It took way too long to change my socks, mostly because I had started out with warm trail socks, and wanted to switch into compression socks as my Achilles and ankles were starting to swell. I had tweaked both ankles already, and wanted to manage the swelling if I could. After wrestling with my socks for what seemed like an eternity, I was ready to get back at it.
We re-entered the course, with fresh, warm, dry socks. It felt nice.
The aid stations along the course were FANTASTIC. The volunteers were AMAZING. They were thanking us for being there, and we were thanking them for being so great. Peanut butter and jelly, grilled cheese, m&ms, coke, mountain dew, pickles, chips, you name it! And….the best….on the second half of the 50k, we were treated to bourbon. Yes, I helped myself at two separate aid stations. It felt warm going down, and was great when chased with a little coke. First time I’ve ever had bourbon, and I don’t know if I’ll ever think to have it again, but it hit the spot.
We were into the 20+ mile part of the course, and it was getting darker and cooler. We were still seeing other runners out on the trail, which was great. Everyone there was so supportive and positive, it was so great to be a part of it.
Dan and I had run a bit at Mohican to prep for the race. The last section was what we were familiar with, which helped. We came up the trail to the road crossing and stopped at the aid station before the covered bridge. It was beautiful. We then dove back into the woods to head uphill and toward the stairs. Those of you that know this path, know the “stairs” I’m talking about. I knew that once we got past those, we would be getting closer to the finish, but that we’d still be out there for at least an hour.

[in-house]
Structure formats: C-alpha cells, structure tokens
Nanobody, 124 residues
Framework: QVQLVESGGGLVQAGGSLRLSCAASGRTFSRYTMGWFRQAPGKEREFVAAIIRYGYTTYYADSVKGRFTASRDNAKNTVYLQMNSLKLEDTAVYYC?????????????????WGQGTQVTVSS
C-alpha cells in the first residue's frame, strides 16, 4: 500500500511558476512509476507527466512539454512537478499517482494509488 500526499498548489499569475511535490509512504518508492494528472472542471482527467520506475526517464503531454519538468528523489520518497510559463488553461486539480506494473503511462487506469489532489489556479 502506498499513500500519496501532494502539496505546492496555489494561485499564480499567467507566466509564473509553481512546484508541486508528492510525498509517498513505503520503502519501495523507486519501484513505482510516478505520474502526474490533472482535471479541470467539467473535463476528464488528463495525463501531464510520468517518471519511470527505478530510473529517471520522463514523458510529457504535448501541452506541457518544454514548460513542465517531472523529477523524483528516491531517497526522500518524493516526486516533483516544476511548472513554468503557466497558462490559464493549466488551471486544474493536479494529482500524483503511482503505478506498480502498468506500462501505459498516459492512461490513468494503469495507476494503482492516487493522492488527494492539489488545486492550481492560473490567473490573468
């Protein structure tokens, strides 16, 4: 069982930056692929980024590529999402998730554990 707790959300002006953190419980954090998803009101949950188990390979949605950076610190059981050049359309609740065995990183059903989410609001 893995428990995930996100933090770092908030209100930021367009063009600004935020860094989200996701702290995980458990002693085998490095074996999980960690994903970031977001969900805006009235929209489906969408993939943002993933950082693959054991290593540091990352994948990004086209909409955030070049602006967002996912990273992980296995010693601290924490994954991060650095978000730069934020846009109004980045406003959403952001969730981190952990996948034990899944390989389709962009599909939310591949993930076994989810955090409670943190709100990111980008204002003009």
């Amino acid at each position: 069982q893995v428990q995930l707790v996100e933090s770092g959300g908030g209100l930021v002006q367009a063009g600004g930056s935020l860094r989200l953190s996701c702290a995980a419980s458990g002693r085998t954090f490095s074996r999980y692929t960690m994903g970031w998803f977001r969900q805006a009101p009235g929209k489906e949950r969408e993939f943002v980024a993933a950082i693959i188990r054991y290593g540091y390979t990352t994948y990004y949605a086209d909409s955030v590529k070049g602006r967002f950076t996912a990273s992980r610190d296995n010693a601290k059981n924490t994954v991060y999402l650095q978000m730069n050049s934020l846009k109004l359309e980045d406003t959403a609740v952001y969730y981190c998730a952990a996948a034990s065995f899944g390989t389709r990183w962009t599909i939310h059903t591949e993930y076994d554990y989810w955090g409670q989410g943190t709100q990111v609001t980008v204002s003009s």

Other hikers and families were out on this section of the trail. They all stepped to the side and cheered us on. It was amazing to feel so supported. I tried to smile at them, but I’m not sure if it looked like a smile or grimace at that point.
We climbed the stairs and shared a memory from when we had run there previously and had come upon a young man that had apparently camped at that spot overnight. We had exchanged pleasantries with him as he had a cup of coffee and packed up.
We kept climbing. And climbing. It seemed that every climb lasted forever, no ups and downs. When you went up, you kept going up. Forever. Dan wanted to push the pace, and I tried the best I could to keep up. I didn’t want to hold him back, but I also wanted to have enough gas in the tank to finish strong.
At the last aid station, I knew we were close. It was time to get it done. I was getting tired, we were over 31 miles already, it was cold, we needed to wrap this up. So, we rallied and brought it in.
Another runner that I had asked about this race, described the end to me. He was so accurate. He had said, “I was getting closer to the finish. I could hear the cheering and music, and I kept thinking I’m almost there. But then the trail turns away from camp, and the cheering and noise faded. It was horrible. I kept thinking, why are we running this direction? I’m getting further away!” That’s exactly what it feels like. We were running away from camp, but then eventually switched back and came down hill. Dan hollered, “It’s all downhill from here!” and took off. I followed suit and could see the finish ahead. Everyone that saw us started making noise. It was fantastic!
We finished and celebrated, fist bumps all around. What a great feeling to have succeeded on a difficult course on a difficult day. We shuffled into the building to get chili and beer. Everyone was smiling and thanking us for being there. It is true, what they say about Fuzzy Fandango. It is a wonderful experience. This race is filled with beautiful people and we are all there to support a wonderful camp. I am glad that I was a part of it.
Amy is a marathoner and triathlete, a mother of four, an Exercise Physiologist and an endurance athlete Physical Therapist. She lives with her husband, Dan (also a marathoner and triathlete), and kids in Lewis Center.